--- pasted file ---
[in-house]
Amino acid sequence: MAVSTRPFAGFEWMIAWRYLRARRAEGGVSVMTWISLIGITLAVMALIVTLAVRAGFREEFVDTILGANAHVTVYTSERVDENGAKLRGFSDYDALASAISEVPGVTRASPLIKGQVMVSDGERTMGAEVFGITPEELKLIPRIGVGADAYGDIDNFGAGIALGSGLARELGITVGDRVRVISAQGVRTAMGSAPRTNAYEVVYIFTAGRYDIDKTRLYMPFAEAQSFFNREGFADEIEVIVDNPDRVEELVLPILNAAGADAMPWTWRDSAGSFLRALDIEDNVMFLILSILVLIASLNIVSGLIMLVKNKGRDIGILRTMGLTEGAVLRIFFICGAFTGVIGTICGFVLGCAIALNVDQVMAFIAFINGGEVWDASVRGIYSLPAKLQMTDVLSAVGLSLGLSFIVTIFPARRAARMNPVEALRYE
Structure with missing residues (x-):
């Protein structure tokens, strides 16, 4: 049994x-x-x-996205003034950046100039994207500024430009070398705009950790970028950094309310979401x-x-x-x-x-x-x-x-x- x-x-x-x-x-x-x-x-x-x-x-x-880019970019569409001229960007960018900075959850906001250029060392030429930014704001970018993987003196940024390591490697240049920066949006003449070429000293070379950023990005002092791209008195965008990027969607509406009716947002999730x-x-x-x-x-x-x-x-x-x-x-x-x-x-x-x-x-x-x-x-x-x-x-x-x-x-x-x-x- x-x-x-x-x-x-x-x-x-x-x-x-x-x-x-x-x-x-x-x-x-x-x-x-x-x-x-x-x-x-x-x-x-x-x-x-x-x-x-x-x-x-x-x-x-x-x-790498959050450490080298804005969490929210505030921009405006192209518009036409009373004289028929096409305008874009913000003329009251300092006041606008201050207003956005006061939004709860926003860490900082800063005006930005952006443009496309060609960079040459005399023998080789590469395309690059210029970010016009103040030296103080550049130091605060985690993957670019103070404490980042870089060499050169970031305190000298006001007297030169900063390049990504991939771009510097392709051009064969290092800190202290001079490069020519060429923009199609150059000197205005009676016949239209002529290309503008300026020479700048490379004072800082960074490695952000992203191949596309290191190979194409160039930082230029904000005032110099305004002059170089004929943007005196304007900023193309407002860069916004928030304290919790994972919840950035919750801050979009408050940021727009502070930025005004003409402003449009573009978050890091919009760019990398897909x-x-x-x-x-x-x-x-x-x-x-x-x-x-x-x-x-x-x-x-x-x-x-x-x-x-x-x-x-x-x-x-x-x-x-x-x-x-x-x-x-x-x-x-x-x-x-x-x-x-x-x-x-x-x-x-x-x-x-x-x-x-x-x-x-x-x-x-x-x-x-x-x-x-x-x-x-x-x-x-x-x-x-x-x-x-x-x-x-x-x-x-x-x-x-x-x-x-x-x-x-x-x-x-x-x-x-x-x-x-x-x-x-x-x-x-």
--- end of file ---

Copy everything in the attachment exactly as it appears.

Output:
[in-house]
Amino acid sequence: MAVSTRPFAGFEWMIAWRYLRARRAEGGVSVMTWISLIGITLAVMALIVTLAVRAGFREEFVDTILGANAHVTVYTSERVDENGAKLRGFSDYDALASAISEVPGVTRASPLIKGQVMVSDGERTMGAEVFGITPEELKLIPRIGVGADAYGDIDNFGAGIALGSGLARELGITVGDRVRVISAQGVRTAMGSAPRTNAYEVVYIFTAGRYDIDKTRLYMPFAEAQSFFNREGFADEIEVIVDNPDRVEELVLPILNAAGADAMPWTWRDSAGSFLRALDIEDNVMFLILSILVLIASLNIVSGLIMLVKNKGRDIGILRTMGLTEGAVLRIFFICGAFTGVIGTICGFVLGCAIALNVDQVMAFIAFINGGEVWDASVRGIYSLPAKLQMTDVLSAVGLSLGLSFIVTIFPARRAARMNPVEALRYE
Structure with missing residues (x-):
């Protein structure tokens, strides 16, 4: 049994x-x-x-996205003034950046100039994207500024430009070398705009950790970028950094309310979401x-x-x-x-x-x-x-x-x- x-x-x-x-x-x-x-x-x-x-x-x-880019970019569409001229960007960018900075959850906001250029060392030429930014704001970018993987003196940024390591490697240049920066949006003449070429000293070379950023990005002092791209008195965008990027969607509406009716947002999730x-x-x-x-x-x-x-x-x-x-x-x-x-x-x-x-x-x-x-x-x-x-x-x-x-x-x-x-x- x-x-x-x-x-x-x-x-x-x-x-x-x-x-x-x-x-x-x-x-x-x-x-x-x-x-x-x-x-x-x-x-x-x-x-x-x-x-x-x-x-x-x-x-x-x-x-790498959050450490080298804005969490929210505030921009405006192209518009036409009373004289028929096409305008874009913000003329009251300092006041606008201050207003956005006061939004709860926003860490900082800063005006930005952006443009496309060609960079040459005399023998080789590469395309690059210029970010016009103040030296103080550049130091605060985690993957670019103070404490980042870089060499050169970031305190000298006001007297030169900063390049990504991939771009510097392709051009064969290092800190202290001079490069020519060429923009199609150059000197205005009676016949239209002529290309503008300026020479700048490379004072800082960074490695952000992203191949596309290191190979194409160039930082230029904000005032110099305004002059170089004929943007005196304007900023193309407002860069916004928030304290919790994972919840950035919750801050979009408050940021727009502070930025005004003409402003449009573009978050890091919009760019990398897909x-x-x-x-x-x-x-x-x-x-x-x-x-x-x-x-x-x-x-x-x-x-x-x-x-x-x-x-x-x-x-x-x-x-x-x-x-x-x-x-x-x-x-x-x-x-x-x-x-x-x-x-x-x-x-x-x-x-x-x-x-x-x-x-x-x-x-x-x-x-x-x-x-x-x-x-x-x-x-x-x-x-x-x-x-x-x-x-x-x-x-x-x-x-x-x-x-x-x-x-x-x-x-x-x-x-x-x-x-x-x-x-x-x-x-x-």